Be Patient with the Progress with Emily Wright
Wellington, Fla. – July 6, 2017 – Ever wonder if you have what it takes to be a working student? Though the tasks and compensation vary depending on the trainer, the position is often a hands-on learning opportunity in the dressage industry. In our new column, we touch base with a variety of working students who give an inside look at the ups and down.
Based in Loxahatchee, Florida, Emily Wright, 26, has been the working student and barn manager for USDF Gold Medalist Heidi Degele for the past year. Prior to Degele, she held a working student position with Bill Warren and Bill McMullin. Wright currently shows her 7-year-old Oldenburg gelding, Sanchez, at Fourth Level.
What is your favorite aspect of being a working student?
My favorite part is getting to be around the horses every day. It’s hard work but you get to be around something you absolutely love every single day. My job is something that I would do for fun.
Also, I really want to have a career in the dressage industry, so I think working with trainers who are well-established helps you get a really good idea of what it takes to run the business. Heidi has given me the opportunity to ride all levels, and one of my favorite opportunities was getting to ride a Grand Prix horse and learn on him.
What would you say to an aspiring working student?
Take it all in. There are really hard days, but then the really good days make up for it. Even when you do have a tough day, you’re still learning a lot. It’s an amazing experience that I think every young rider should do before they decide to go out on their own as a professional.
What does an average day look like for you?
I get up early, feed the horses and then I start riding. It depends on the day but it’s usually 5-6 horses a day. I’m also responsible for all the medical care of the horses, setting up their grain and making sure everybody else in the barn is doing what they are supposed to be doing. I try to make Heidi’s life as easy as possible. Working students are there until everything is done — sometimes that’s 5 p.m., sometimes that’s 8p.m. It just depends on the day.
How have you grown as a rider because of your position as a working student?
I feel like I’ve improved drastically since becoming a working student. When I first began, I would be a little disappointed if I didn’t have a good ride on my horse. Heidi explained to me, “You have to look at the big picture. It’s not always progress. Some days it goes back down a few steps, but if you look long-term and the horse has improved, then we’re doing something right.”
Horses are not machines, they’re animals. You can’t expect them to do better each day. That’s been a huge thing that I’ve learned. You have to be patient with the progress.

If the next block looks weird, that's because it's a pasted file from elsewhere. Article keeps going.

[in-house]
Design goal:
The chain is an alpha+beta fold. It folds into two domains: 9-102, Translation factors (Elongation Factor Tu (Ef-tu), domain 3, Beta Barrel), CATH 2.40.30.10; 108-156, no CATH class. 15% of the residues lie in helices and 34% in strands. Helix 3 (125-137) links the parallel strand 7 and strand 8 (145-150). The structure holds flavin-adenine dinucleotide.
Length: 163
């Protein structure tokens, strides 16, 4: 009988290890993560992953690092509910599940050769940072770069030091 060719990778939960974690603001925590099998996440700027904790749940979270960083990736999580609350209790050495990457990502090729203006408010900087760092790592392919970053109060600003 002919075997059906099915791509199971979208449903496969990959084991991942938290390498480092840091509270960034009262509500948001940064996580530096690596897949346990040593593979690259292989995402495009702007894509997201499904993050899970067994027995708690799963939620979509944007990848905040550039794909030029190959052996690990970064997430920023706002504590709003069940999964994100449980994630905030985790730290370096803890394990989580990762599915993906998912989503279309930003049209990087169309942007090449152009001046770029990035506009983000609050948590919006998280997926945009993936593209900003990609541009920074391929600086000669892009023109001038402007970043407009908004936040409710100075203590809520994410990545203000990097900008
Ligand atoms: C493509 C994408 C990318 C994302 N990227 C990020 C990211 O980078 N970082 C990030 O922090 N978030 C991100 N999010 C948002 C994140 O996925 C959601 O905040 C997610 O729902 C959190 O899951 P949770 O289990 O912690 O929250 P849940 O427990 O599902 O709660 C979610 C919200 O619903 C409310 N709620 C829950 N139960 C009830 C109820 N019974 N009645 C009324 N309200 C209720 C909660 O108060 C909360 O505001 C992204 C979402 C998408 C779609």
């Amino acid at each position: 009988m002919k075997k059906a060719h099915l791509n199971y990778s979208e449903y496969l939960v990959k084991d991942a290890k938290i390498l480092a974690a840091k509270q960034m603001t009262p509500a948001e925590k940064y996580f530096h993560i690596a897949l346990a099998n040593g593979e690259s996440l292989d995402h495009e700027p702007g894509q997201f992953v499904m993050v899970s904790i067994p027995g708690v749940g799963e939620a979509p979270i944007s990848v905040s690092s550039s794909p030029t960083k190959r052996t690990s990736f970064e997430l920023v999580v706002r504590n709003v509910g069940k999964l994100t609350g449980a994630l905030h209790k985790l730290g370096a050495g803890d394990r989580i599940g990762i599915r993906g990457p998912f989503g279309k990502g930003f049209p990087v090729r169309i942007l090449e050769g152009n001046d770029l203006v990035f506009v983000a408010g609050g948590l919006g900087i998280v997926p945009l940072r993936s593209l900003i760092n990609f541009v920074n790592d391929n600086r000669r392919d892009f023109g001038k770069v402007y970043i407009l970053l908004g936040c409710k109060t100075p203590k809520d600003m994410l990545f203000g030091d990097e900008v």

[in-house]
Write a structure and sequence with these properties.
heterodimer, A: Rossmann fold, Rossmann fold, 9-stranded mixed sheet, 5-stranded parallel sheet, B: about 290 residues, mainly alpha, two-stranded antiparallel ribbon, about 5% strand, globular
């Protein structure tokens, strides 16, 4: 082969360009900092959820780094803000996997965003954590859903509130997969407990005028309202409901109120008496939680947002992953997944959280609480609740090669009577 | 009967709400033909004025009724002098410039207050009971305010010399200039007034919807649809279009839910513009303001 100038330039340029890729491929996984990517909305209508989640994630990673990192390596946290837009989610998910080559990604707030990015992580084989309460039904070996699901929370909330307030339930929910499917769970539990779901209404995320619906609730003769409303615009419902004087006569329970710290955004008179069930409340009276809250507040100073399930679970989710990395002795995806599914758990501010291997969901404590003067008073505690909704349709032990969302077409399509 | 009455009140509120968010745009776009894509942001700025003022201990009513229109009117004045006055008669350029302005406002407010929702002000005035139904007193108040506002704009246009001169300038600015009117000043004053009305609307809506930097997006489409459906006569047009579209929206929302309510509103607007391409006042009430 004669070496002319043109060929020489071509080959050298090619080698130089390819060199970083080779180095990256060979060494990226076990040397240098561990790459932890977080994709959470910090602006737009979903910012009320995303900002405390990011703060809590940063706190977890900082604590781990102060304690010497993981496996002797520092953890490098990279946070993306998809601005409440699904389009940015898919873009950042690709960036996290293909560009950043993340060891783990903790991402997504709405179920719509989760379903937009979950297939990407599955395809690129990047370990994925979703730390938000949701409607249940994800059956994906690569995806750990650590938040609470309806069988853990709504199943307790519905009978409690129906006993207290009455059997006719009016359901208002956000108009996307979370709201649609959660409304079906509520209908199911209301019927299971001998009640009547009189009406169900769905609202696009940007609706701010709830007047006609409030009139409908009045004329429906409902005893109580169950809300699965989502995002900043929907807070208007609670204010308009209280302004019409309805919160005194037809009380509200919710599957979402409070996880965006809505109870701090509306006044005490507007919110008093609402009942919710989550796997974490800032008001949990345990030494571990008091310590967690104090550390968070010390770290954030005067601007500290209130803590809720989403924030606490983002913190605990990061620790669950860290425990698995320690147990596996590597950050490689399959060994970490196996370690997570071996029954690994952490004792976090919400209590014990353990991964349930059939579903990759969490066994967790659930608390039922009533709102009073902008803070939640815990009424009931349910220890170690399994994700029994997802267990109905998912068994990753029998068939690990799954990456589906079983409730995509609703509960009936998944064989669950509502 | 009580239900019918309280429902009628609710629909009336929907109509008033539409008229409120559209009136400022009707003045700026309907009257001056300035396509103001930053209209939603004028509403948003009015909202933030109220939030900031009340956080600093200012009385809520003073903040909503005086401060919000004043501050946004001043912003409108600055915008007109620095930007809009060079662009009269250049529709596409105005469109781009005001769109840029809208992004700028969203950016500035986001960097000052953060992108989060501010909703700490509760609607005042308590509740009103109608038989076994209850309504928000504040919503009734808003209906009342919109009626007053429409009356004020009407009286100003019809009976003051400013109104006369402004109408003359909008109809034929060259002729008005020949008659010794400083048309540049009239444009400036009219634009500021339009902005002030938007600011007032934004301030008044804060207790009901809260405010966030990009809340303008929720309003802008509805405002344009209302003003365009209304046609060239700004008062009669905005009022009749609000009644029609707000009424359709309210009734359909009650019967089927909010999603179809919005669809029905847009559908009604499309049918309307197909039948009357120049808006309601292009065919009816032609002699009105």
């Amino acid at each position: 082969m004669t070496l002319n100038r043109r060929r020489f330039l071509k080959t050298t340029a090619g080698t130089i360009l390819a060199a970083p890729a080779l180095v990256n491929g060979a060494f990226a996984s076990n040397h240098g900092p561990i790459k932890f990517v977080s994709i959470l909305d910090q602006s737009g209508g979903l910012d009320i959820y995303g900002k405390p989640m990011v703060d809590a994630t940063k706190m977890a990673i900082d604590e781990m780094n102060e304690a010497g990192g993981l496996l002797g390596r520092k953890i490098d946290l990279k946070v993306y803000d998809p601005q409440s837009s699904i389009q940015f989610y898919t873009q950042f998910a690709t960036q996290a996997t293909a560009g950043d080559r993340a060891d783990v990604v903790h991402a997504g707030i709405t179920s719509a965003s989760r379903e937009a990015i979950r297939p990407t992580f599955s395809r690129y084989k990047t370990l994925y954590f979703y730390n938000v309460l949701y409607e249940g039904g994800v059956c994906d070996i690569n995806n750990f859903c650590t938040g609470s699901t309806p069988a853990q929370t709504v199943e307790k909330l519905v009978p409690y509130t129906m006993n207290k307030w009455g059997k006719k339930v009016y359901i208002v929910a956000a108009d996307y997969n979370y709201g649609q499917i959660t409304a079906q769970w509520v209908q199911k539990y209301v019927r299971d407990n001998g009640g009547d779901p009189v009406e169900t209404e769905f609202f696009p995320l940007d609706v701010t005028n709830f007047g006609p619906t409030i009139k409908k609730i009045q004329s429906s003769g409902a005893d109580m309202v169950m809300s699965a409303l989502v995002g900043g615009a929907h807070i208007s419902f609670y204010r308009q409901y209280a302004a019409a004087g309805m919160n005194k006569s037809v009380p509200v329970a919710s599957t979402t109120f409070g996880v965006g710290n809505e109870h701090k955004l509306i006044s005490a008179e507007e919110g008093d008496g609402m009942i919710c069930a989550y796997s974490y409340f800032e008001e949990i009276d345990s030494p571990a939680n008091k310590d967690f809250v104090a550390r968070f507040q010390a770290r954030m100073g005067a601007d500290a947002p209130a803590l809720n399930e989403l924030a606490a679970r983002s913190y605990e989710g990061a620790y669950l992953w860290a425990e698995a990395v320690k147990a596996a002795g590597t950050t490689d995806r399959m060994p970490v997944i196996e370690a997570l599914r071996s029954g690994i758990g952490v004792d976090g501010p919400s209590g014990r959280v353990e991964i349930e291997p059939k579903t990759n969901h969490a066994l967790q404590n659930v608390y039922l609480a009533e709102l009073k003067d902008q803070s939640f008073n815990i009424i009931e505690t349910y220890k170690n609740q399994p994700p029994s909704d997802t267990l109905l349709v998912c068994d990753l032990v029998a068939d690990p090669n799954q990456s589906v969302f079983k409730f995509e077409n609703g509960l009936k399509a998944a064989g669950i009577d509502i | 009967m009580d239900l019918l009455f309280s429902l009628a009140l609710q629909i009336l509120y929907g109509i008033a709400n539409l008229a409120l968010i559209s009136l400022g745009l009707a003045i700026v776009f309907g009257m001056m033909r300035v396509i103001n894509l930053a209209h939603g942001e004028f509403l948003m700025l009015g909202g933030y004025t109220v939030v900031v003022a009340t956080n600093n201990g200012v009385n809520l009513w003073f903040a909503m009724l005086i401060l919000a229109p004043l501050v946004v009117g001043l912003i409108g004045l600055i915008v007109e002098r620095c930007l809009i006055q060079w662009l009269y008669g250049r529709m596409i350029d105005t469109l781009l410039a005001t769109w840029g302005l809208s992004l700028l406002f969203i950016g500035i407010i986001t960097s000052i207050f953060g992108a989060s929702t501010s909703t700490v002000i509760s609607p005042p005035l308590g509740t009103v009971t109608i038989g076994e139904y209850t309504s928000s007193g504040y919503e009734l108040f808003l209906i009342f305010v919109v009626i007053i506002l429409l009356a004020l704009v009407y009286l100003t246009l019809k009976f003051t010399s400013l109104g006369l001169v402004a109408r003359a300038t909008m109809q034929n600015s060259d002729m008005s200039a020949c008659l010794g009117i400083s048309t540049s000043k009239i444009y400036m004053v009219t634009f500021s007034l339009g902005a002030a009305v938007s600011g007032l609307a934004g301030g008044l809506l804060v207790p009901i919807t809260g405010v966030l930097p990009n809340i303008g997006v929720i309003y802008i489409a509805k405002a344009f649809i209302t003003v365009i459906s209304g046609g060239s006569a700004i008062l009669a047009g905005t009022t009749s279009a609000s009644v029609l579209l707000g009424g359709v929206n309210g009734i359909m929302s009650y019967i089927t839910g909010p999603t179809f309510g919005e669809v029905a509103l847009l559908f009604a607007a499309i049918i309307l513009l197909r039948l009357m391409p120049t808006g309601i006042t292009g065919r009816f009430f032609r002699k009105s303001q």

What has been one of your proudest moments?
One of my proudest moments has been showing this season. Heidi took several horses to show, and she gave me the opportunity to ride one of the sale horses at Prix St. George. Also, my horse ended up scoring in the 70’s at Fourth Level by the end of this past show season, so I was really proud of that.
What has been one of the hardest lessons to learn?
I’ve learned that every horse comes with problems and we have to figure them out. I put a lot of pressure on myself but my personal horse has taught me to be patient, take a step back and look at the whole picture, instead of focusing on that one problem. It took me a few months to learn that lesson, but once I figured it out, everything has improved — my riding, my horse’s performance and all the horses that I ride have improved.
What are five things you have learned about horsemanship or horse care as a working student?
1. You can never be too organized!
2. Each horse is different — you have to think outside the box when training a horse. Just because something works on one horse doesn’t mean it will work on another horse
3. I’ve learned a lot about medical care being a working student. I thought I knew a lot before, but I was very wrong! You never stop learning.
4. No matter what you can never really have a set in stone plan when training and working around horses. You may come out with the plan to work on flying changes, and that day maybe your horse decides he sees a monster in the corner. It’s not a good idea to work on changes that day. Rather, work on relaxation. Set the horse up for success.
5. Be patient! One of the hardest parts about training horses is that there are days where you feel like you’ve taken five steps backwards. We forget horses aren’t machines. Maybe they aren’t feeling well that day. I find if you are having a tough day it’s better to find something you know your horse can succeed at. Then end that day on a positive note, rather than drilling something over and over again that might not be working that particular day. Come back to whatever you were having trouble with the next day. We want our horses to love their job!
Have you learned any out of the ordinary exercises that help with your dressage training?
Heidi has us work with cavalettis everyday as it helps the horses warm-up and helps their minds. With the cavalettis, the horses get to do something different outside of the dressage ring. It really helps their backs and helps develop them. It’s made a huge difference in every single horse that comes through here.
What has been one of the funniest moments at the barn?
We have six dogs here at the barn. Every time that we go to hook up the horse trailer, the biggest challenge is not loading the horses into the trailer, it is in fact rounding up all the dogs and trying to get them into the house. One day, Heidi’s Rottweiler was letting her get close enough that she could just about reach her and then she’d dart away. The dog ran and jumped in the pool, and just sat there and looking at Heidi. She finally caught her and put her in the house all wet from the pool. It’s almost like the dog knew “haha, I got you.”